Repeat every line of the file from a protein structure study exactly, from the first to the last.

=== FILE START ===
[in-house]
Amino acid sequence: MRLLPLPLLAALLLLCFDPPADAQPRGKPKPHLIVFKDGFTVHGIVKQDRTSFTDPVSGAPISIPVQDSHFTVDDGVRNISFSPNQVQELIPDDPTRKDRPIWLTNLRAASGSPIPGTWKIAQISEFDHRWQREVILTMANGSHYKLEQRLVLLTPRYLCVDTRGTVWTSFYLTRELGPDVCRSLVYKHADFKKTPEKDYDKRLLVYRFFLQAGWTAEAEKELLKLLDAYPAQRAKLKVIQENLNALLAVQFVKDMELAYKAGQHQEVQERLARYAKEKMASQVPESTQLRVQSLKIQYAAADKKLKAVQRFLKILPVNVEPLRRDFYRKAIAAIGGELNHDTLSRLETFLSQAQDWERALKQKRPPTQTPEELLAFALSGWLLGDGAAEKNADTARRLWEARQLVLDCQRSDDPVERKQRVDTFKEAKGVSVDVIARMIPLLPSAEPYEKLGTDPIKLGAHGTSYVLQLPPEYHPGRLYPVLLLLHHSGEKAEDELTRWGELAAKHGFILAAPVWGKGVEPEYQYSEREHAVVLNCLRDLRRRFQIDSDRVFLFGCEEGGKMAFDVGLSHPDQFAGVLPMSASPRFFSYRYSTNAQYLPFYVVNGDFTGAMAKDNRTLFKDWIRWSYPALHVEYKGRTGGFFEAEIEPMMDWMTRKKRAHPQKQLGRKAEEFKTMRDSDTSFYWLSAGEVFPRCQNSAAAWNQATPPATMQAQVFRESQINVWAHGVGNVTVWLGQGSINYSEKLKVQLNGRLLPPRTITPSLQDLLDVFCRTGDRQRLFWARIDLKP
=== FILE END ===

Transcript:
[in-house]
Amino acid sequence: MRLLPLPLLAALLLLCFDPPADAQPRGKPKPHLIVFKDGFTVHGIVKQDRTSFTDPVSGAPISIPVQDSHFTVDDGVRNISFSPNQVQELIPDDPTRKDRPIWLTNLRAASGSPIPGTWKIAQISEFDHRWQREVILTMANGSHYKLEQRLVLLTPRYLCVDTRGTVWTSFYLTRELGPDVCRSLVYKHADFKKTPEKDYDKRLLVYRFFLQAGWTAEAEKELLKLLDAYPAQRAKLKVIQENLNALLAVQFVKDMELAYKAGQHQEVQERLARYAKEKMASQVPESTQLRVQSLKIQYAAADKKLKAVQRFLKILPVNVEPLRRDFYRKAIAAIGGELNHDTLSRLETFLSQAQDWERALKQKRPPTQTPEELLAFALSGWLLGDGAAEKNADTARRLWEARQLVLDCQRSDDPVERKQRVDTFKEAKGVSVDVIARMIPLLPSAEPYEKLGTDPIKLGAHGTSYVLQLPPEYHPGRLYPVLLLLHHSGEKAEDELTRWGELAAKHGFILAAPVWGKGVEPEYQYSEREHAVVLNCLRDLRRRFQIDSDRVFLFGCEEGGKMAFDVGLSHPDQFAGVLPMSASPRFFSYRYSTNAQYLPFYVVNGDFTGAMAKDNRTLFKDWIRWSYPALHVEYKGRTGGFFEAEIEPMMDWMTRKKRAHPQKQLGRKAEEFKTMRDSDTSFYWLSAGEVFPRCQNSAAAWNQATPPATMQAQVFRESQINVWAHGVGNVTVWLGQGSINYSEKLKVQLNGRLLPPRTITPSLQDLLDVFCRTGDRQRLFWARIDLKP